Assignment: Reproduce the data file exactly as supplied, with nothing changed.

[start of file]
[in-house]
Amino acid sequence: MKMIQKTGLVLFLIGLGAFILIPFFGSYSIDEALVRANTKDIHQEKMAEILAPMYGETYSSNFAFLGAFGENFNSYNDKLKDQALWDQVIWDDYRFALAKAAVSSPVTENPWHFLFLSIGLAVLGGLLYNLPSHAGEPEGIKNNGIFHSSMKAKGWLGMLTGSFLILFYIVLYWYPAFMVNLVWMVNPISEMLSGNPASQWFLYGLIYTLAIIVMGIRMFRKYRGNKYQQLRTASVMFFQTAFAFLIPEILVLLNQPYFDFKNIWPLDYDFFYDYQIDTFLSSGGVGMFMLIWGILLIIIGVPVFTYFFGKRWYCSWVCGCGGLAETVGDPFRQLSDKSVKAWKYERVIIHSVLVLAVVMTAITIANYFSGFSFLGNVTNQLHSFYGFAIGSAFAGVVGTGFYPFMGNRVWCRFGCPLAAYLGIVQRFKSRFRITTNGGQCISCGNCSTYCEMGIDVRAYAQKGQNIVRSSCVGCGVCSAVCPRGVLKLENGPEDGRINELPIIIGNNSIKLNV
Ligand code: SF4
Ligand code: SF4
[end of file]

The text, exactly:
[in-house]
Amino acid sequence: MKMIQKTGLVLFLIGLGAFILIPFFGSYSIDEALVRANTKDIHQEKMAEILAPMYGETYSSNFAFLGAFGENFNSYNDKLKDQALWDQVIWDDYRFALAKAAVSSPVTENPWHFLFLSIGLAVLGGLLYNLPSHAGEPEGIKNNGIFHSSMKAKGWLGMLTGSFLILFYIVLYWYPAFMVNLVWMVNPISEMLSGNPASQWFLYGLIYTLAIIVMGIRMFRKYRGNKYQQLRTASVMFFQTAFAFLIPEILVLLNQPYFDFKNIWPLDYDFFYDYQIDTFLSSGGVGMFMLIWGILLIIIGVPVFTYFFGKRWYCSWVCGCGGLAETVGDPFRQLSDKSVKAWKYERVIIHSVLVLAVVMTAITIANYFSGFSFLGNVTNQLHSFYGFAIGSAFAGVVGTGFYPFMGNRVWCRFGCPLAAYLGIVQRFKSRFRITTNGGQCISCGNCSTYCEMGIDVRAYAQKGQNIVRSSCVGCGVCSAVCPRGVLKLENGPEDGRINELPIIIGNNSIKLNV
Ligand code: SF4
Ligand code: SF4